Toto Wolff thinks the current performance levels of Formula 1 teams, especially at the top, are not conducive to exciting sprints.
Two of the three sprint qualifying weekends of the 2022 season are now in the record books – and the Saturday ‘races’ produced very similar results.
Max Verstappen won from Charles Leclerc at both Imola and the Red Bull Ring, while their respective team-mates Sergio Perez and Carlos Sainz both finished in the top five at each venue.
The Austrian Grand Prix sprint had no especially entertaining action at the front of the field after the opening few laps, but at least Verstappen had overtaken Leclerc at Imola to secure the maximum eight points on offer and pole position for the following day’s grand prix – which he also won.
But as sprint qualifying is designed to spice things up for the fans, and with plans to double the frequency to six race weekends next year, Wolff has reservations about just how much of a spectacle is being generated.
“I think the reason why races have less entertainment is because there’s just too much performance gap between the teams,” said the Mercedes team principal, quoted by Motorsport.com.
“If you have Verstappen disappearing in the distance, the two Ferraris being the only entertainment during the race and then we [Mercedes] are in the middle of nowhere in no man’s land.
“Then the others are further behind, and then you have DRS trains. That never can make a good sprint race.”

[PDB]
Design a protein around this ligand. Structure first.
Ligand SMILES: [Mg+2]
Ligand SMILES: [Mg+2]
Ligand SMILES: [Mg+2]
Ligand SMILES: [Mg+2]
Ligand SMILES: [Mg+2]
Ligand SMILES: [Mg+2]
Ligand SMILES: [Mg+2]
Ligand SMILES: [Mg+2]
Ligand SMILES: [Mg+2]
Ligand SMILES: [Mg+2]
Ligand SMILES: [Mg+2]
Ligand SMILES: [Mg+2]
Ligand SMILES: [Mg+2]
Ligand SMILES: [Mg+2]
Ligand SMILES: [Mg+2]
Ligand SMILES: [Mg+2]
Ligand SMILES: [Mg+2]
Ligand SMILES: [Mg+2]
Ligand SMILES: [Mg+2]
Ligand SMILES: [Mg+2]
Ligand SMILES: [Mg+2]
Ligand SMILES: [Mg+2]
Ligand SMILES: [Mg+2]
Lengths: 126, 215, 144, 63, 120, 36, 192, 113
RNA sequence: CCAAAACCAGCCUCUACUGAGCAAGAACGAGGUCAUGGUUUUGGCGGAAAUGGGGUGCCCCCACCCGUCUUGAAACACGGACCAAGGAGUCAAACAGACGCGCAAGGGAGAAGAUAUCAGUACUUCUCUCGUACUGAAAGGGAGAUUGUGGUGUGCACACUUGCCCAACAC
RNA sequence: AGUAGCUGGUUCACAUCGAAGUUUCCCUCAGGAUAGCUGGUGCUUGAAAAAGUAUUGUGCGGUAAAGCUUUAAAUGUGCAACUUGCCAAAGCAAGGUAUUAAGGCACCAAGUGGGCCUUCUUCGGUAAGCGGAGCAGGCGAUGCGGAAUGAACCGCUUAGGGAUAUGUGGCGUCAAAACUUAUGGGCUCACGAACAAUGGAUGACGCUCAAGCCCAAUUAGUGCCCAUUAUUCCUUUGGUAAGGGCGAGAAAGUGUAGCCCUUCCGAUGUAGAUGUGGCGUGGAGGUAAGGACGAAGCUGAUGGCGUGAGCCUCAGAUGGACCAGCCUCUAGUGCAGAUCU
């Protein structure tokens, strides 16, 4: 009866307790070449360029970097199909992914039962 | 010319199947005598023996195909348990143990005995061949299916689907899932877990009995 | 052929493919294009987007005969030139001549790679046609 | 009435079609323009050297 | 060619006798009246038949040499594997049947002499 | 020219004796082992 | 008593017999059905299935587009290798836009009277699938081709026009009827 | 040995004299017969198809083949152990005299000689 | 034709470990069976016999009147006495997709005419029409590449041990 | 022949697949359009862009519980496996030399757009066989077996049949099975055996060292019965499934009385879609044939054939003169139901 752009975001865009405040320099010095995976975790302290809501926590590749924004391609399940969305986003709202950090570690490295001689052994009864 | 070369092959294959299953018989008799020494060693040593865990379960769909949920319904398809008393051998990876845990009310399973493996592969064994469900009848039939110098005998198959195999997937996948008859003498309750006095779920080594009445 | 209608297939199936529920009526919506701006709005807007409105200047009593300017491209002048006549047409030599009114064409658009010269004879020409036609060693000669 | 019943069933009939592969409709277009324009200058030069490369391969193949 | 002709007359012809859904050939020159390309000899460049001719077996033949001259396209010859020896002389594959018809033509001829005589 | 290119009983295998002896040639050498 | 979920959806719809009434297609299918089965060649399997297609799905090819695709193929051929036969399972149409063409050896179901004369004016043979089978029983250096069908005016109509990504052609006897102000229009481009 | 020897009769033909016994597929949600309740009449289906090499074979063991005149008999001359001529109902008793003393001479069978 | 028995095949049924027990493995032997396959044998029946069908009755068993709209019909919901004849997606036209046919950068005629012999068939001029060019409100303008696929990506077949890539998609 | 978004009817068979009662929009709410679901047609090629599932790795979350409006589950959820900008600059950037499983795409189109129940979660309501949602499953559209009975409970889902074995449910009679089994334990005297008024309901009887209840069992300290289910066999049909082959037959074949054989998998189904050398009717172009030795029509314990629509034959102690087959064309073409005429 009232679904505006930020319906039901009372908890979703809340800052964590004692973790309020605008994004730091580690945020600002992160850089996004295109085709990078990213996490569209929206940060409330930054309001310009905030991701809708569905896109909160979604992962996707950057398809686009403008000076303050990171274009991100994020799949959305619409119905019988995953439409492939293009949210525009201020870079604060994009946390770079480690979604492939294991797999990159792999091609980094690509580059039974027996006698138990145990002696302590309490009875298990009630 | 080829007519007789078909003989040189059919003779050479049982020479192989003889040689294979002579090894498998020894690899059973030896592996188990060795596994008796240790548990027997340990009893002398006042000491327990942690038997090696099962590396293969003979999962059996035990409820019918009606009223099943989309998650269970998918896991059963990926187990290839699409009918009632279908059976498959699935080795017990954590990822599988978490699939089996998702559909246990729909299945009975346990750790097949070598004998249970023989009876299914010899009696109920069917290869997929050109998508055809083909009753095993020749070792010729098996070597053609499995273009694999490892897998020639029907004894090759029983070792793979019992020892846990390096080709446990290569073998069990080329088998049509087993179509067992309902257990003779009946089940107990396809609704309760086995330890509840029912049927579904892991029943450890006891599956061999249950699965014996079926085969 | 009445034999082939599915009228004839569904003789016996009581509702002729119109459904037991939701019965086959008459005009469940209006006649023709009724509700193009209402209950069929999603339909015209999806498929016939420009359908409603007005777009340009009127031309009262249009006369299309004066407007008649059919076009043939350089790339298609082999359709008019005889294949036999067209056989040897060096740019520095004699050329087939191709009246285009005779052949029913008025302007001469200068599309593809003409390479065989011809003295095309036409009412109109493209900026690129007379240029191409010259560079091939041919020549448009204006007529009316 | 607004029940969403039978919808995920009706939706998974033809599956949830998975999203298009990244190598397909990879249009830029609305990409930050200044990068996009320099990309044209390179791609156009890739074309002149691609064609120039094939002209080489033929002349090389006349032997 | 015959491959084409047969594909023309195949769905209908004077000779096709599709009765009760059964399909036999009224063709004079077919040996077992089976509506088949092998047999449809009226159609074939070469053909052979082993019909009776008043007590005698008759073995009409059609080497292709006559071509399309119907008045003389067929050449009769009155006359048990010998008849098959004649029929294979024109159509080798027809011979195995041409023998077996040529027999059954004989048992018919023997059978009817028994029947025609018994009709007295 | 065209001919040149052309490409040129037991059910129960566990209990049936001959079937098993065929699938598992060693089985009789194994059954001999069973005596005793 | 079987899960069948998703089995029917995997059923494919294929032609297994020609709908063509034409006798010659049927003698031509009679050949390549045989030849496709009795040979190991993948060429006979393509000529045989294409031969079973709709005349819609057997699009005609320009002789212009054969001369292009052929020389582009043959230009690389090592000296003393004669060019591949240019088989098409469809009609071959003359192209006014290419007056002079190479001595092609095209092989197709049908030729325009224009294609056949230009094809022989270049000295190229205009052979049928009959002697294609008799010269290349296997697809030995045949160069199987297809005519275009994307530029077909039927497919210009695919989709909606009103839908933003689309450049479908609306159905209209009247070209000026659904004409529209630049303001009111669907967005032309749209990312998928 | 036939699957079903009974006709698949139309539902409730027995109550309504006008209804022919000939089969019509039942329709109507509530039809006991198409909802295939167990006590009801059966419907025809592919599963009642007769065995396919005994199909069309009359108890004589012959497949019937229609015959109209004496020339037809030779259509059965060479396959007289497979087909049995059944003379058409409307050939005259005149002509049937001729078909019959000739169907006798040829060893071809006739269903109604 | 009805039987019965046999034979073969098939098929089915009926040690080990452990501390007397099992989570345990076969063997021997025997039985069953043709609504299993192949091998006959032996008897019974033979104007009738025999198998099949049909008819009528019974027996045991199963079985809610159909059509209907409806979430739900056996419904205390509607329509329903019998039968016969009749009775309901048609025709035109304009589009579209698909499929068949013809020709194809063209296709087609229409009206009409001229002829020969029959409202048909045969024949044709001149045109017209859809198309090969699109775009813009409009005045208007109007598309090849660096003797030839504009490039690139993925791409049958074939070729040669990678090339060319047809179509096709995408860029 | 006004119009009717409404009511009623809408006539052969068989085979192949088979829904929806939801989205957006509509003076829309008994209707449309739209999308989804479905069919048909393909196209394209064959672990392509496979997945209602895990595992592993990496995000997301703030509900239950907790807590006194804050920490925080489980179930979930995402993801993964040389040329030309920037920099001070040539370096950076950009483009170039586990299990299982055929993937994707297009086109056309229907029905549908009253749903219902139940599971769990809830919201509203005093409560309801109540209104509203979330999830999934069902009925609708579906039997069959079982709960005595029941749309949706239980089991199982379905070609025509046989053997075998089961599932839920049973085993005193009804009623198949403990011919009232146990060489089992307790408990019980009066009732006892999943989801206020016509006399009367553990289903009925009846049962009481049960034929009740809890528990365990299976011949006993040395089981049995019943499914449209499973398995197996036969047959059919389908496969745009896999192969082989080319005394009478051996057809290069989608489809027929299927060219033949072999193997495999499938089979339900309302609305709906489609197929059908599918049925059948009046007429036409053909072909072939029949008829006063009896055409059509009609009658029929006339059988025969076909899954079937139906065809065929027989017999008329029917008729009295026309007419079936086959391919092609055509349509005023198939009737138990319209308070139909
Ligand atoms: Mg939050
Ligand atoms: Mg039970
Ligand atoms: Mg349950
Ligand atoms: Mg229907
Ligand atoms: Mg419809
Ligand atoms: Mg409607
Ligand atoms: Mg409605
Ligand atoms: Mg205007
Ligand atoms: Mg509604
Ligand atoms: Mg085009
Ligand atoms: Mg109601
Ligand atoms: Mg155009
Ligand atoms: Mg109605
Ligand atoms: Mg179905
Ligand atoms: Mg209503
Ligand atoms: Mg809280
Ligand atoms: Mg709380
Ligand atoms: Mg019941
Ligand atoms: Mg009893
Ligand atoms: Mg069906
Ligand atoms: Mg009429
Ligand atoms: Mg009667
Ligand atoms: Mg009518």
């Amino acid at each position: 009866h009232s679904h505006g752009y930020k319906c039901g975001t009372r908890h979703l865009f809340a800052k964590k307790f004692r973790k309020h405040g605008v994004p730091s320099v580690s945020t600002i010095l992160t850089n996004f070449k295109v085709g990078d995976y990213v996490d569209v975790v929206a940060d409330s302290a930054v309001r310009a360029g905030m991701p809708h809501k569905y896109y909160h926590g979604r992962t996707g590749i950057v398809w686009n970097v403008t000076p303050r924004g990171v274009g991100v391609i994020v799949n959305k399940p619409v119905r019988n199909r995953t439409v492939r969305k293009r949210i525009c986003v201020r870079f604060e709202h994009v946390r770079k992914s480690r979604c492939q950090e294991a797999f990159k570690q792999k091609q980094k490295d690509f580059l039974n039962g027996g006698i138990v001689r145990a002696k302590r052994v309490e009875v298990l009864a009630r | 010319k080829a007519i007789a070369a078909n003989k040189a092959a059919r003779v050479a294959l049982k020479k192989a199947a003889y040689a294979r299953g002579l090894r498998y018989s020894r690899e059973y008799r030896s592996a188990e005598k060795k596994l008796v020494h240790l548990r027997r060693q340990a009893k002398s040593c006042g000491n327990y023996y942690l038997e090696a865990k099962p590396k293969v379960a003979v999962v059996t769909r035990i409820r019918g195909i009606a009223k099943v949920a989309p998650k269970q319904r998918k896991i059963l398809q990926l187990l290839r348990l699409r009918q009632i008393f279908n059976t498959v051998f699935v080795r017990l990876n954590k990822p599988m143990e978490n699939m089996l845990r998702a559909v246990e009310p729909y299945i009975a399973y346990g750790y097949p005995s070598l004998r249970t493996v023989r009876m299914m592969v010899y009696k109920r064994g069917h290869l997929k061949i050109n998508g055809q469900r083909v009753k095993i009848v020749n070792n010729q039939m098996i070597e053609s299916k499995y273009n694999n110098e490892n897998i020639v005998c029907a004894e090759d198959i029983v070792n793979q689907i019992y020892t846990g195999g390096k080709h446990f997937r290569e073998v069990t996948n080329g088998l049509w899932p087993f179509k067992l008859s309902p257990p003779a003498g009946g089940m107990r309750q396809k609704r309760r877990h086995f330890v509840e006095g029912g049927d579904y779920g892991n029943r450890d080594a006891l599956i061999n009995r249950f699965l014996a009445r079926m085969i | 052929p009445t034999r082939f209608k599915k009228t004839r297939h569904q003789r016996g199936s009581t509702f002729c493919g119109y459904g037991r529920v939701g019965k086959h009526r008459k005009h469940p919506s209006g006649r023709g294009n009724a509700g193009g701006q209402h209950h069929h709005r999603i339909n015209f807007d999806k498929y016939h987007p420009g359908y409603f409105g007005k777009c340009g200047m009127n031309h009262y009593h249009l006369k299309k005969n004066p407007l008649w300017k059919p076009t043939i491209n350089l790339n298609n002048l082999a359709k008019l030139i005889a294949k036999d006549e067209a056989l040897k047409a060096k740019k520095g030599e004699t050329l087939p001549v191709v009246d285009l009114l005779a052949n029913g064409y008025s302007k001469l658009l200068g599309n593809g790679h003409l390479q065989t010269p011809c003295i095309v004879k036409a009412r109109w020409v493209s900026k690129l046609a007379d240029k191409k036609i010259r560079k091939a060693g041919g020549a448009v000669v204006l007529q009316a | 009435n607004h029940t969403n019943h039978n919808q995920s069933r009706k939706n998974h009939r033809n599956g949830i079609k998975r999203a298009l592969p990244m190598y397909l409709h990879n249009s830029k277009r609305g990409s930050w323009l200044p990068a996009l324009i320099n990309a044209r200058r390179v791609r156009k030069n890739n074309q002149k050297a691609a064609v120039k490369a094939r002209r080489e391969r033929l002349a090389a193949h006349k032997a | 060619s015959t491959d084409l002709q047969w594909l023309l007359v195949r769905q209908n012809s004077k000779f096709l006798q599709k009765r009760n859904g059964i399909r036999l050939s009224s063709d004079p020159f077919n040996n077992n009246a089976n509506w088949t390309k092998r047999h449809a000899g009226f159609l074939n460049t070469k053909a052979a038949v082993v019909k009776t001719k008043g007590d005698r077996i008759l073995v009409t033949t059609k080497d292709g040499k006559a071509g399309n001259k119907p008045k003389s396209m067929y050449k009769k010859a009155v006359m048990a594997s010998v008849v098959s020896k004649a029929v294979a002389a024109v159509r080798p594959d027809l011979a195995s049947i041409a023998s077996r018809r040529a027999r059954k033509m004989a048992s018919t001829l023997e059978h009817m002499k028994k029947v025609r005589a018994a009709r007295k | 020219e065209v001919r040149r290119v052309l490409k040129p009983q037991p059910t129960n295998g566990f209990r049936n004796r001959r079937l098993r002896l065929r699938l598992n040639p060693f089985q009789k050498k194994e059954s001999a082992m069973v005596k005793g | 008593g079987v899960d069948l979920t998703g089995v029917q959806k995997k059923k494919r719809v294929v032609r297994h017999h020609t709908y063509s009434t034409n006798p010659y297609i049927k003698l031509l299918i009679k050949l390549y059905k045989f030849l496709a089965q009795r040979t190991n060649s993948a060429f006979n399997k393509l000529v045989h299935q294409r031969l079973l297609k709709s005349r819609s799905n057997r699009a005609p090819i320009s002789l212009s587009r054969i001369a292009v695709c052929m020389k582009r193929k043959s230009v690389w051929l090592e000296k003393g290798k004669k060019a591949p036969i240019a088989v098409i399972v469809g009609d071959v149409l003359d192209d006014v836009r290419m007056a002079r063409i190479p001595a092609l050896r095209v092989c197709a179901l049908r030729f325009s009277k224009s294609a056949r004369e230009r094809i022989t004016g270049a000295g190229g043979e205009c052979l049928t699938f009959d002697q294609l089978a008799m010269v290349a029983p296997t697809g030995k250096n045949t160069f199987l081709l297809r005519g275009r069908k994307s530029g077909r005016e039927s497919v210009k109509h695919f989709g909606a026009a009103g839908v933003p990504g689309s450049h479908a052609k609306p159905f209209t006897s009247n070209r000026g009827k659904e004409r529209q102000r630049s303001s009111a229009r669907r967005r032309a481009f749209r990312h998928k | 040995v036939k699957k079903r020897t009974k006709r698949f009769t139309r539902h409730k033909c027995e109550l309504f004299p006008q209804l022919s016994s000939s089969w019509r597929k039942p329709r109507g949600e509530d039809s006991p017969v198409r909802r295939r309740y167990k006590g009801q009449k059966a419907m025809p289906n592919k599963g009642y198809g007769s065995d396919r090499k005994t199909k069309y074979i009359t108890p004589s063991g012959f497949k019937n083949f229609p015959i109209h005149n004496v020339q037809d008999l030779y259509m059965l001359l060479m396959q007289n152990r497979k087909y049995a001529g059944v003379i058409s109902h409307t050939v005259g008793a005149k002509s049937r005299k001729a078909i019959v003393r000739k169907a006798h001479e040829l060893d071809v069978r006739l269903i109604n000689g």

The final sprint of 2022 will be at the Sao Paulo Grand Prix, where last year Mercedes driver Lewis Hamilton produced a stunning performance from the back of the grid to finish fifth after the 24 laps.
It is probably no surprise therefore that Brazil has been chosen again, but if there is to be an increase in 2023 then Wolff hopes the events where they take place are selected carefully by F1 president Stefano Domenicali.
“I think if I have trust in one person to choose the right sprint races, it’s Stefano,” said Wolff. “Stefano will have seen [the Austria race] and will take it into consideration.”
Although F1 and the teams have given the green light to more sprints next season, the proposal has yet to be signed off by the FIA.
Highlights from the Austrian Grand Prix
Charles Leclerc took his first win in eight races, and Ferrari definitely needed it.